I’m not sure if you’ve noticed, but I haven’t been fully present on this platform over the last two years. As one Instagram follower lovingly put it a number of months ago, “Wow…it’s been awhile.” I’ve gone back and forth trying to pinpoint what exactly has been challenging about this particular space for me. Depending on the day, it’s a different answer. I’ve jokingly referred to this platform as a “dinosaur,” meaning that blogs were pretty extinct even back when I started this website over 7 years ago. I haven’t really strayed from the fact this blog serves more of a purpose for myself than it does for others – but I recognize that the occasional person finds some value in something that I’ve shared. For those reasons alone, I can’t quite give up on it but want to instead strive to revamp it.
I often have more ideas than time to execute and that is likely my biggest challenge over the last two years. I won’t deny that pandemic fatigue has also played a significant role. There are a number of things I think would be great to feature about music therapy, to help educate others, to provide resources for students and new professionals, and to simply help us share and connect. I want to spend some time actually flushing those ideas out and creating and see where that ends up landing.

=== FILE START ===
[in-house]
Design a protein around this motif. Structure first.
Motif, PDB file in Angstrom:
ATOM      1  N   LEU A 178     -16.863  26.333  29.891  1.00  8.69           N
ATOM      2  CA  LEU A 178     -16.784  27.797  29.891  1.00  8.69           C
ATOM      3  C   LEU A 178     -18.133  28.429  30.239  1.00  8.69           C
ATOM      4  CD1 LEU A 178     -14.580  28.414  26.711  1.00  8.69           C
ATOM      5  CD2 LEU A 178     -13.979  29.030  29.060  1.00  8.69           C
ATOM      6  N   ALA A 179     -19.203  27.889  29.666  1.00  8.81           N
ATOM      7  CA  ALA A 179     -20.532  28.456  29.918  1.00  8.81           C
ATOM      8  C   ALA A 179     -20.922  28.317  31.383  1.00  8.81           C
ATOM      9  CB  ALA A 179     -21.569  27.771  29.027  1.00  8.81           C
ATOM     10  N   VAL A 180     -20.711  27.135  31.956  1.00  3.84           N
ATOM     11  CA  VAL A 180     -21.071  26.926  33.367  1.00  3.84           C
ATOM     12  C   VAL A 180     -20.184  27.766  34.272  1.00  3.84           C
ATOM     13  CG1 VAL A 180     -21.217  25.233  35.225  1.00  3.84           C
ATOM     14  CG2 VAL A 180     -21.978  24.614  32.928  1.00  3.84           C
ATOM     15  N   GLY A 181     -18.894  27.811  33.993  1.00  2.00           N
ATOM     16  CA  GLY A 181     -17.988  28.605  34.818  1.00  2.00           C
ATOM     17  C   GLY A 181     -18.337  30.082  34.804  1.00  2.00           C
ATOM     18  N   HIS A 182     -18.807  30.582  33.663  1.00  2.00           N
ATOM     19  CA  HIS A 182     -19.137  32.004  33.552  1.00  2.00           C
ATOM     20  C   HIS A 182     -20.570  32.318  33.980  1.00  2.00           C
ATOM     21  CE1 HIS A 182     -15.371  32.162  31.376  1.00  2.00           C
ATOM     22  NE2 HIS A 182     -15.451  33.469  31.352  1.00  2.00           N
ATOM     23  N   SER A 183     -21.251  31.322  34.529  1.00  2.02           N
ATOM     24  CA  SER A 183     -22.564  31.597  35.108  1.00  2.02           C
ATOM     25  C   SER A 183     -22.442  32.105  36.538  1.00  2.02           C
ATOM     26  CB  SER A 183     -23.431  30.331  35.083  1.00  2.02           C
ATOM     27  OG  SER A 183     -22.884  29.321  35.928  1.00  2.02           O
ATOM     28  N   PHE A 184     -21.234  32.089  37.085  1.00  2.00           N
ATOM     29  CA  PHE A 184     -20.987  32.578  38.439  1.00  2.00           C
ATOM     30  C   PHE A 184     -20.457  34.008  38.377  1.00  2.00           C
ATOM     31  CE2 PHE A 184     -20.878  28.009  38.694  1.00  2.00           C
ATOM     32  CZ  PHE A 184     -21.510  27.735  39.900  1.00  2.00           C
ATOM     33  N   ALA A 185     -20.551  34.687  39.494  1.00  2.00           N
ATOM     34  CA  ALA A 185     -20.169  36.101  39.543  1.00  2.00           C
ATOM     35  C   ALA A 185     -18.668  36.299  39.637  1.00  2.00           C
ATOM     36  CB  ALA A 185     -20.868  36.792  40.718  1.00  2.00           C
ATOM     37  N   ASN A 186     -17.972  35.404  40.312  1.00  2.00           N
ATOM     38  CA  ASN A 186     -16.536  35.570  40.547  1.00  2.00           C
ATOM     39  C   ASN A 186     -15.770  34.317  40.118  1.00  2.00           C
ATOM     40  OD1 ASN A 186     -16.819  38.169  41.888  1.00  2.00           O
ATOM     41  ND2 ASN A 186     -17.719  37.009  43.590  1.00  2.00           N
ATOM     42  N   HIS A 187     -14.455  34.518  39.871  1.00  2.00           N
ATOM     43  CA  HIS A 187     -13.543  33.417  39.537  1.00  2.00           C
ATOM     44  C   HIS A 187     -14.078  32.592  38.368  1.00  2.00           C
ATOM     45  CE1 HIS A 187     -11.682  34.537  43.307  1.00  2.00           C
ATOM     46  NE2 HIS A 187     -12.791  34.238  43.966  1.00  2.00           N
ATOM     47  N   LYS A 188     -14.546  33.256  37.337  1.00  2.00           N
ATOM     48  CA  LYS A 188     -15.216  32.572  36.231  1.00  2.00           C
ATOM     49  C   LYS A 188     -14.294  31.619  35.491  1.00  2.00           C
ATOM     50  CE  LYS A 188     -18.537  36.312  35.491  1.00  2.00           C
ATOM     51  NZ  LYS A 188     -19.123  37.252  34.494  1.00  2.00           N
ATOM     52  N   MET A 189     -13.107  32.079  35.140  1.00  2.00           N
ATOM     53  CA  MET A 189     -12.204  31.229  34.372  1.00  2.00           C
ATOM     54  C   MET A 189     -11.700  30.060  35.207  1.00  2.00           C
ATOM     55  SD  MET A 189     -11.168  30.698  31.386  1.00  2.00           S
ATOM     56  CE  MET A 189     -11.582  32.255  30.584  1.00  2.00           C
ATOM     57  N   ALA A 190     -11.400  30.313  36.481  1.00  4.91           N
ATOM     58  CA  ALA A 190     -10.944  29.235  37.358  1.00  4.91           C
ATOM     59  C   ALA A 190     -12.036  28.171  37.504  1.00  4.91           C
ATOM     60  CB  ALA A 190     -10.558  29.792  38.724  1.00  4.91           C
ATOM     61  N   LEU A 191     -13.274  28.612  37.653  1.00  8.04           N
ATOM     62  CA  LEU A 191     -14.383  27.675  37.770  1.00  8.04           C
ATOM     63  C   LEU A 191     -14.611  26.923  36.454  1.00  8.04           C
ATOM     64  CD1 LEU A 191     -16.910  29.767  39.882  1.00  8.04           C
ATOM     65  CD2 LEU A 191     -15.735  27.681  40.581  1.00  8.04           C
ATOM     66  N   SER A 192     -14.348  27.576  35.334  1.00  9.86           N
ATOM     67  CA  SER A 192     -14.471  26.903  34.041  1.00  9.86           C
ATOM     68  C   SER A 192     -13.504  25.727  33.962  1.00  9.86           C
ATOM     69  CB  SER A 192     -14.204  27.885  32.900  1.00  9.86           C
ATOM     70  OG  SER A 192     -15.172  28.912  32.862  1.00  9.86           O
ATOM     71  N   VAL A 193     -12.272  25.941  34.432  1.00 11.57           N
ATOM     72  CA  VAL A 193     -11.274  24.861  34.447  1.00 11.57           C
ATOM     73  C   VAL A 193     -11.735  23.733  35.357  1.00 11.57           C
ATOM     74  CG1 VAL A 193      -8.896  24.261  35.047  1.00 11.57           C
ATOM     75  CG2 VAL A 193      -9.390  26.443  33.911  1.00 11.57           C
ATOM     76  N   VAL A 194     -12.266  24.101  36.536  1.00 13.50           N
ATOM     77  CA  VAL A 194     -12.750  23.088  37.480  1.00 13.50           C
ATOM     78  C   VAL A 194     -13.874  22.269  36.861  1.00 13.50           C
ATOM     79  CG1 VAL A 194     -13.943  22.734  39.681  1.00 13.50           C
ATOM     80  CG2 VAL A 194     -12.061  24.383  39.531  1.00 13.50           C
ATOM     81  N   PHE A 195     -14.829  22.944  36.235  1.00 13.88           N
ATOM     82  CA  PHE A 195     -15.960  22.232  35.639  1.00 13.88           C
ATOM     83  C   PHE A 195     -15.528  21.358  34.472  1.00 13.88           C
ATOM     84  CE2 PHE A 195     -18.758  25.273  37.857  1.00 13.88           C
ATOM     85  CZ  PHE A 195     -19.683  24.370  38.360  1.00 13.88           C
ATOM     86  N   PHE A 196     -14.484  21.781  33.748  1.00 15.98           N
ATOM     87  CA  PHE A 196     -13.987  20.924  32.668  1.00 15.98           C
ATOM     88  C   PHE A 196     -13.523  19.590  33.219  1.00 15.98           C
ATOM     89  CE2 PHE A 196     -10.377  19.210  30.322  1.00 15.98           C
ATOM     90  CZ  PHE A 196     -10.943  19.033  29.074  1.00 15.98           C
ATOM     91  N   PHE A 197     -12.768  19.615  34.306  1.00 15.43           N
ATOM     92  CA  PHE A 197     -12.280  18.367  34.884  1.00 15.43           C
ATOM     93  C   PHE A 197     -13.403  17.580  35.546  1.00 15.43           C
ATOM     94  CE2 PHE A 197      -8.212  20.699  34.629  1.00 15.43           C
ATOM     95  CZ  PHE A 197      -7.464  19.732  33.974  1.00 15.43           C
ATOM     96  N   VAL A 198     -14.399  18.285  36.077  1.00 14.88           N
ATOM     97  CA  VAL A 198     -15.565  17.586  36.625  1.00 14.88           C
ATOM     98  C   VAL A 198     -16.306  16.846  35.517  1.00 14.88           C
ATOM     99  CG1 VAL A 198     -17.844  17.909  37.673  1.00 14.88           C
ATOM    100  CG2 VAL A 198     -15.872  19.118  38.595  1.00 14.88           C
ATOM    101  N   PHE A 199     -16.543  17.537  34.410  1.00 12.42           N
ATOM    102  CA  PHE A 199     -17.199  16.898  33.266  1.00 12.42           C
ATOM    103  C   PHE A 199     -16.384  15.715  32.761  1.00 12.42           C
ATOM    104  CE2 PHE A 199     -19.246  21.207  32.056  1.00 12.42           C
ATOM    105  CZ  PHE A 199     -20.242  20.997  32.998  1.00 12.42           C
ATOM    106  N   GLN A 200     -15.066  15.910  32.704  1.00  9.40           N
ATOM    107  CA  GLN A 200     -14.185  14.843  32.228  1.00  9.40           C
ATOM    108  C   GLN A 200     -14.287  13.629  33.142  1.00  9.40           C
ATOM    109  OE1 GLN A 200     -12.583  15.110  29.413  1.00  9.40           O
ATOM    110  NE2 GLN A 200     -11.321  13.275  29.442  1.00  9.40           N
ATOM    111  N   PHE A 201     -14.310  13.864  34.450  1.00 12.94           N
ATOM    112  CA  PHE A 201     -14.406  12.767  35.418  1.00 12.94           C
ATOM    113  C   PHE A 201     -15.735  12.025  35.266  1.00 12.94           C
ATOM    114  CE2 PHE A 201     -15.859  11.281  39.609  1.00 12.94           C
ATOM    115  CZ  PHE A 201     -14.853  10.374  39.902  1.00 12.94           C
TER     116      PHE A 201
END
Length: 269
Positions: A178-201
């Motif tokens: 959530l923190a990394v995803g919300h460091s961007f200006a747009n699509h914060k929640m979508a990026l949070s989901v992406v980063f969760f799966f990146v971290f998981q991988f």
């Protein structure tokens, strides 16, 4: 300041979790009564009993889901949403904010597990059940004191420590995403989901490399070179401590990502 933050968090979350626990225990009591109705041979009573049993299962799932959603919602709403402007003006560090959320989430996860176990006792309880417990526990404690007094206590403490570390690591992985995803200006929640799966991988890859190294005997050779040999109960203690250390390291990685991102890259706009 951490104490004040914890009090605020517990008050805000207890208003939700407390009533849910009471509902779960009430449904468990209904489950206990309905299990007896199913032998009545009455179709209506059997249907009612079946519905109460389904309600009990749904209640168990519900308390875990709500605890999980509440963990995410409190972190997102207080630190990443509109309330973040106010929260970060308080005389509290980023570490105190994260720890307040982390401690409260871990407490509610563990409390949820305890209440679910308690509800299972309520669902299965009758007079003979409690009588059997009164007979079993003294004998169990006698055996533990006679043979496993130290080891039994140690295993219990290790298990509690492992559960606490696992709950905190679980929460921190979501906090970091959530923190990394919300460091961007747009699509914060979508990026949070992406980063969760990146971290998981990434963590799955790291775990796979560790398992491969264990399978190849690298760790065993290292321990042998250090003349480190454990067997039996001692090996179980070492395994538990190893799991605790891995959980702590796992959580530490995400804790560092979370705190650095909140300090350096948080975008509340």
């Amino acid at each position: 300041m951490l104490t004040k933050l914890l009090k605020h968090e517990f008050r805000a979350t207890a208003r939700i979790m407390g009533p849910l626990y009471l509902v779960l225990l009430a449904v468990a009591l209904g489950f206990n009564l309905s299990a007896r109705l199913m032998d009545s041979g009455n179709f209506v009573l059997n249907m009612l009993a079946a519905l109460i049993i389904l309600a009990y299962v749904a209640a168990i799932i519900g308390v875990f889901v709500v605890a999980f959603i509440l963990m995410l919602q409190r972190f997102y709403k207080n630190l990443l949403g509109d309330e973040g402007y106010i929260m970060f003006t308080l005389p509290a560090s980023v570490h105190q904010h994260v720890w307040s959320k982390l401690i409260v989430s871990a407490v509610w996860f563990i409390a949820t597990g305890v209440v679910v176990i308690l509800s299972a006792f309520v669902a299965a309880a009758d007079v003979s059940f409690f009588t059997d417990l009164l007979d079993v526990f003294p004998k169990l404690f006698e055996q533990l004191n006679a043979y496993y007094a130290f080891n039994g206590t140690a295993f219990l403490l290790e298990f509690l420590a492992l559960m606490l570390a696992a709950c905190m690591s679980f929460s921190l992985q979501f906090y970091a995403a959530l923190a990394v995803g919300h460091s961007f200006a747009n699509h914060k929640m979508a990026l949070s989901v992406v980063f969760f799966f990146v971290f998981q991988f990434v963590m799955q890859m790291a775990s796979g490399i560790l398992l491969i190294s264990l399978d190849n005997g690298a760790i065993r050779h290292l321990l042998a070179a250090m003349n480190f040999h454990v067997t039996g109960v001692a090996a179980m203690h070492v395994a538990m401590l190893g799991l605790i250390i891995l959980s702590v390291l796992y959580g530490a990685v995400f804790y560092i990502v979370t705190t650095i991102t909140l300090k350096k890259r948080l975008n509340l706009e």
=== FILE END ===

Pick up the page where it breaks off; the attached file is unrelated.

So please know that I am working; I’m creating; and I fully expect to return in a more present state in the near future. In the meantime, while musictherapytime is a bit “under construction” I wanted to share with you some resources I’ve found to be immensely insightful, helpful, thought-provoking, and inspiring over the past year. May you find what you need to from these resources as well.
*Disclaimer: All information below is my own synthesis of sources that have been recommended to me or found independently. If you feel I have misrepresented or mis-credited content that is yours, please contact me at email@example.com so that I can rightly update my recommendation.*
For Tech Help: The Tech Nook: I learned about this website while attending the SERAMTA conference this past spring. Not only do I think this resource is helpful, it is essential for the modern music therapist and is filling an enormous gap in our clinical training. If we’ve learned nothing else since 2019, we’ve learned that embracing technology is of the essence for our work in music therapy. This resource is not only helpful as it stands but it goes on to offer more in-depth help if you want private tutoring. The site is collaboratively-based and is jam-packed with incredibly knowledgeable and experienced music therapists who offer their specialized skills through free videos and guides. Even if you visit the site to learn about a specific skill (e.g. audio engineering) you are bound to walk away with additional knowledge about another technology avenue (e.g. podcasting or video production).